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HEALTH-CUBA: Free Sex Change Operations Approved

Dalia Acosta

HAVANA, Jun 6 2008 (IPS) - New horizons opened up for transsexuals in Cuba with the approval of a Public Health Ministry resolution that establishes guidelines for their health care, including free gender reassignment operations.

“It was just approved. The operations will begin to be carried out as soon as the Cuban medical team is ready to start,” Mariela Castro, head of the National Centre for Sex Education (CENESEX), told IPS.

Since 2004, Castro, President Raúl Castro’s daughter, has been the driving force in the effort to achieve integral health care for transsexuals in Cuba.

With the support of international experts, a team of Cuban specialists has been preparing for months to carry out sex change surgery, said Castro, who added that the operations may begin this year.

Only one sex reassignment operation has ever been carried out in Cuba, in 1988.

Resolution 126, which was signed Jun. 4 by Public Health Minister José Ramón Balaguer, establishes the creation of a centre that will provide integral health care for transsexuals. It will be the only institution in Cuba authorised to carry out gender reassignment therapy.

The decision also “legitimates the work of the National Commission for Integral Care of Transsexual People,” created by CENESEX in 2005 as the continuation of a multidisciplinary team that has functioned since 1979, said Castro.

“This resolution establishes all of the aspects of care for transsexuals, including the operation for those who qualify and are interested, because not all transsexuals want the surgery,” said the sexologist.

The functions of the National Commission include drafting, implementing and coordinating the national policy on integral care for transsexuals, approving gender reassignment surgery on a case-by-case basis, promoting research and advising the Public Health Ministry on policy-making questions.

The new centre, meanwhile, will provide integral care, including pre and post-op interviews, diagnosis, treatment and follow-up for transsexuals undergoing sex change surgery as well as those who only receive hormonal treatment.

Several transgender persons taking part in the activities of the International Day against Homophobia and Transphobia on May 17 in Havana told a crowd of hundreds of people about their lives and wondered how long they would have to wait to win society’s respect and be able to solve what for them is a serious health issue.

“Even if I’m 90 by the time the operation is approved, I’ll do it if I’m still alive,” said Juani, who was officially diagnosed as a female-to-male transsexual back in 1972. “I would ask the doctors to complete the surgery even if I die on the operating table, so that I could be in death what I could not be in life.”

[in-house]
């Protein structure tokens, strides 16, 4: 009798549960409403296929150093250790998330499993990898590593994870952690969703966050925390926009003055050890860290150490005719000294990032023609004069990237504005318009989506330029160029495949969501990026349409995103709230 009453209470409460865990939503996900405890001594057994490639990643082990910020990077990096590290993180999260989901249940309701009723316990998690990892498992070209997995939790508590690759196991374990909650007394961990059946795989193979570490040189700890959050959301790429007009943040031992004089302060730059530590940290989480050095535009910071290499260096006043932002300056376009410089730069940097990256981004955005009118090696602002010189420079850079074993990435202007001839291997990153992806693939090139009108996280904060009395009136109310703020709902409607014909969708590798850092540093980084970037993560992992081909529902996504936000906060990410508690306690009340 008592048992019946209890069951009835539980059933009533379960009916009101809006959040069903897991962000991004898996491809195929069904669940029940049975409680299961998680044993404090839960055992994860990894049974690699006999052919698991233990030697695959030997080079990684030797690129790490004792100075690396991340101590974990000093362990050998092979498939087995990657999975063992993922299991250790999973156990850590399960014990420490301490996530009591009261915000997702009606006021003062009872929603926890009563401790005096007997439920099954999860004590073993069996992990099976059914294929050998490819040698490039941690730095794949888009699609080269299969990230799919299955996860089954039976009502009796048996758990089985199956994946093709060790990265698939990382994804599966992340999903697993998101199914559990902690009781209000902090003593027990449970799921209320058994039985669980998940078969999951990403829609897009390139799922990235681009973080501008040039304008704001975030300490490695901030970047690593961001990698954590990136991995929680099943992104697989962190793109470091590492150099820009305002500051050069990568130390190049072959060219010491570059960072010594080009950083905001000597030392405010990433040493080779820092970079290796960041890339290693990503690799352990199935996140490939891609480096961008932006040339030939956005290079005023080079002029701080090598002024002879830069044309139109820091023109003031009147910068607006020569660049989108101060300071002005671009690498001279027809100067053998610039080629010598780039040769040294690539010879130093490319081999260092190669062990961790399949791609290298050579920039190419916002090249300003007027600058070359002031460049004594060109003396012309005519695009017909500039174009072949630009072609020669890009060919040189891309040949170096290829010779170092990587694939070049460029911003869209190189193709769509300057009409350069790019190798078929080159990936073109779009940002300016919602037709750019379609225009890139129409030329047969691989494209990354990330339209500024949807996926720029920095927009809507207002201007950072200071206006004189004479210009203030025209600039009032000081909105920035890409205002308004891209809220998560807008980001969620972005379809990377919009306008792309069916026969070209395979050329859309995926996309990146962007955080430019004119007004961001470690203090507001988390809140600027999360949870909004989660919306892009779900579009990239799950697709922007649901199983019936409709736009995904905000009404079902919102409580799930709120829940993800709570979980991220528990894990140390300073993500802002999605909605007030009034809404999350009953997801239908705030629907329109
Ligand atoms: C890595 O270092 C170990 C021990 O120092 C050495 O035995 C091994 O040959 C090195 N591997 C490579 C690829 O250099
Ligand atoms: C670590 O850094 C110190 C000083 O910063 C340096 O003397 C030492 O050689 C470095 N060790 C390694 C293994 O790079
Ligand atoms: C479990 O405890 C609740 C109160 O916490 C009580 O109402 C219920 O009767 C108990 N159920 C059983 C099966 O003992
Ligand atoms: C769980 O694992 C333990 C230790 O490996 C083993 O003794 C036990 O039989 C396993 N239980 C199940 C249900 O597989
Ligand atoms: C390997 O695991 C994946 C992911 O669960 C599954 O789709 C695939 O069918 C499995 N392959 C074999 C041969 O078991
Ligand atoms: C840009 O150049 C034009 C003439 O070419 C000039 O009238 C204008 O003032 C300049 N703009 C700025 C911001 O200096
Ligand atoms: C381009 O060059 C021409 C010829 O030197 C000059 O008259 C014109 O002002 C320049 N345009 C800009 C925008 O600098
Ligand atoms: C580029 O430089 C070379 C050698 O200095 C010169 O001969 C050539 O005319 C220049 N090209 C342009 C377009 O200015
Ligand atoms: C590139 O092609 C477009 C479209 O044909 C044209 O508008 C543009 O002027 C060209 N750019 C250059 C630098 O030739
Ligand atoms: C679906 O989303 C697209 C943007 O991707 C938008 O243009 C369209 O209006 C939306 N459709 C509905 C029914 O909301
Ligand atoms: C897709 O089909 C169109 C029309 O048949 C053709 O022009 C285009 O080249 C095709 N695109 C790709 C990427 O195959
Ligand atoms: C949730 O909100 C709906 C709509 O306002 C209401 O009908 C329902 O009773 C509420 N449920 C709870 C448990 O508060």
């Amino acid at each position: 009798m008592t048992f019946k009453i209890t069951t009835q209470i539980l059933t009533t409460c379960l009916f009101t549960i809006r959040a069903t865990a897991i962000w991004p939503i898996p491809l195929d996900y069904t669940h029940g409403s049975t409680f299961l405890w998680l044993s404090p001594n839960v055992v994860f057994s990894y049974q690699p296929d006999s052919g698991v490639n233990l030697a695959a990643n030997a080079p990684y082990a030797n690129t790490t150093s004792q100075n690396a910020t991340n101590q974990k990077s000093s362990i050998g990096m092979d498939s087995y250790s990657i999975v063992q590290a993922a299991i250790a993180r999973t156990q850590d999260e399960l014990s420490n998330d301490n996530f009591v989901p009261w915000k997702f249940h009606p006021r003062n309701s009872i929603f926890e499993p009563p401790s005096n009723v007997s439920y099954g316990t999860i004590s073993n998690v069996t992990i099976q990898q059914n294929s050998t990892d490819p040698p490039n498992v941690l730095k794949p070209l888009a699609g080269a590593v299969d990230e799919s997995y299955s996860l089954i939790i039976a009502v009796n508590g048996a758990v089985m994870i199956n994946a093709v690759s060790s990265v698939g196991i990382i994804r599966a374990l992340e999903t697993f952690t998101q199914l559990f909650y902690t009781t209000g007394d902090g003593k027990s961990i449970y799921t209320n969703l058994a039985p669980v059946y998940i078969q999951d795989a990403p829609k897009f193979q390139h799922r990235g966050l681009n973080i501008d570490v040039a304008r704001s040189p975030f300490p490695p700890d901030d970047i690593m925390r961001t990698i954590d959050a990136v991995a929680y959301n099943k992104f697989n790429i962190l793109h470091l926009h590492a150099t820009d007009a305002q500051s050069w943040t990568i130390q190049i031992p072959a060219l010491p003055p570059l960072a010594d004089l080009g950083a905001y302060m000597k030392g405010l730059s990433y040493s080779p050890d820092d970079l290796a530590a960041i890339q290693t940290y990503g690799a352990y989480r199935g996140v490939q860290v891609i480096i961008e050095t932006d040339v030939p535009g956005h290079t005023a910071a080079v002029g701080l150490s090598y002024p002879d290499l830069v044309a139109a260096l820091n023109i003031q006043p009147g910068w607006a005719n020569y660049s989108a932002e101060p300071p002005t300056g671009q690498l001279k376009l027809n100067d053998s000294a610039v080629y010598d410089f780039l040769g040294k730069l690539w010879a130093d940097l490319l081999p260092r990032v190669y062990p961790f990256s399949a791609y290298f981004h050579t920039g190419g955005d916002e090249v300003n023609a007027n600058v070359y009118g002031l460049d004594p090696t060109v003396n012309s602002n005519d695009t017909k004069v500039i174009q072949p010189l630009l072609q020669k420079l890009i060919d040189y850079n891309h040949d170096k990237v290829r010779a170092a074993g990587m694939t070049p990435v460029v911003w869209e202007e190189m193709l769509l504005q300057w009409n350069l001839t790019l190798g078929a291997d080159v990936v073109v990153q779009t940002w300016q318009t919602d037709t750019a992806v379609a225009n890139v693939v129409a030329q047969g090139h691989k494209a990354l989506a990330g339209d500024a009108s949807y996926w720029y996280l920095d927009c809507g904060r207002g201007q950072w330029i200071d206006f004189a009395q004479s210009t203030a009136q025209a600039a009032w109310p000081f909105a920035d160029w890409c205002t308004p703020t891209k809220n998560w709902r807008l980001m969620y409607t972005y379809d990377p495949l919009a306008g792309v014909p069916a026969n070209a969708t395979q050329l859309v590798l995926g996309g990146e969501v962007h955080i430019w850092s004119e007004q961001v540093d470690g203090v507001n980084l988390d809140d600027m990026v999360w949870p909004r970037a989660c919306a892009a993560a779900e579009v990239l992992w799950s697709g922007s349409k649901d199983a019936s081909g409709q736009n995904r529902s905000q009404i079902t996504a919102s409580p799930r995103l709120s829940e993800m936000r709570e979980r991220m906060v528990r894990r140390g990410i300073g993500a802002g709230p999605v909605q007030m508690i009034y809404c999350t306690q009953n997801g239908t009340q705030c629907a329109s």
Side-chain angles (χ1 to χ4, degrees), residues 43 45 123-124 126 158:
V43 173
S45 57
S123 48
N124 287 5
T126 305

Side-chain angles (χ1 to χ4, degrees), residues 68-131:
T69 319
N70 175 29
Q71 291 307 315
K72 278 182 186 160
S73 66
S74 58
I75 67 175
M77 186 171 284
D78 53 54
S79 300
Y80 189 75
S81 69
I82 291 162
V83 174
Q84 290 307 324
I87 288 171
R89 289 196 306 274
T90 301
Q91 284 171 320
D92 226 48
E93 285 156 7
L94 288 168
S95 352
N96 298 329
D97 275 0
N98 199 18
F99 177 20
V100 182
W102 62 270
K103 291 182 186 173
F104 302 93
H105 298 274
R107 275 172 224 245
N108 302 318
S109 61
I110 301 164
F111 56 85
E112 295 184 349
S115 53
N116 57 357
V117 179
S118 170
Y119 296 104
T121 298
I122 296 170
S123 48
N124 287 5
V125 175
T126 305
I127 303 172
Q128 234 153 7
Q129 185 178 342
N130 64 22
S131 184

A pamphlet put out by CENESEX states that transsexualism is a term created by medical science to define those people who, from early childhood and throughout their lives, identify strongly with the gender opposite to the one they were assigned at birth.

Since its creation as a working group in 1979, the National Commission for Integral Care of Transsexual People has received 92 applications and has confirmed the diagnosis of 27 transsexuals, two transvestites and two effeminate male homosexuals, according to “La transexualidad en Cuba” (Transsexualism in Cuba), a book published by CENESEX in May.

Of the 27 diagnosed transsexuals, 19 hope to undergo surgery. The other eight do not, but they want to legally change their gender identity. So far, 13 have been able to change their names and replace the photo on their identity cards, and seven are waiting for approval of the process by the Justice Ministry.

Only two of the 27 are female-to-male transgender persons, and the statistics include the male-to-female transsexual who underwent surgery in 1988 and has lived as a woman since then.

More than half of them live in Havana, and they range in age from 31 to 40. Most are white, only five completed secondary school, and eight have been accepted as members of the Cuban Women’s Federation (FMC), the only women’s association in this Caribbean island nation.

“We see transsexualism as a special reality that requires a special response from society,” said Castro, who pointed out that many transsexuals drop out of school because of rejection by society and the incomprehension they face in the classroom, from other students and their families, and from teachers as well.

Stepped-up efforts to train teachers and to promote awareness-raising strategies on sexual diversity in the media are among CENESEX’s current priorities, as it awaits passage of a proposed reform of Cuba’s Family Code.

The reformed Family Code would stipulate that the family has the responsibility and duty to accept and care for all of its members, regardless of their gender identity or sexual orientation. It would also recognise the same civil, patrimonial, inheritance and housing rights for homosexual and heterosexual couples, while opening the door for legal recognition of same-sex civil unions.

In addition, CENESEX is working on the implementation of a National Strategy of Care for Transsexuals, involving the ministries of public health, education, higher education, labour and social security, the interior and justice, the Supreme Court, and the Attorney General’s Office.

“We have also presented the arguments for a decree law on gender identity that would legally establish that a sex reassignment operation is not necessary for obtaining a change of identity, in the case of diagnosed transsexuals. That would basically amount to social recognition of their identity,” said Castro.

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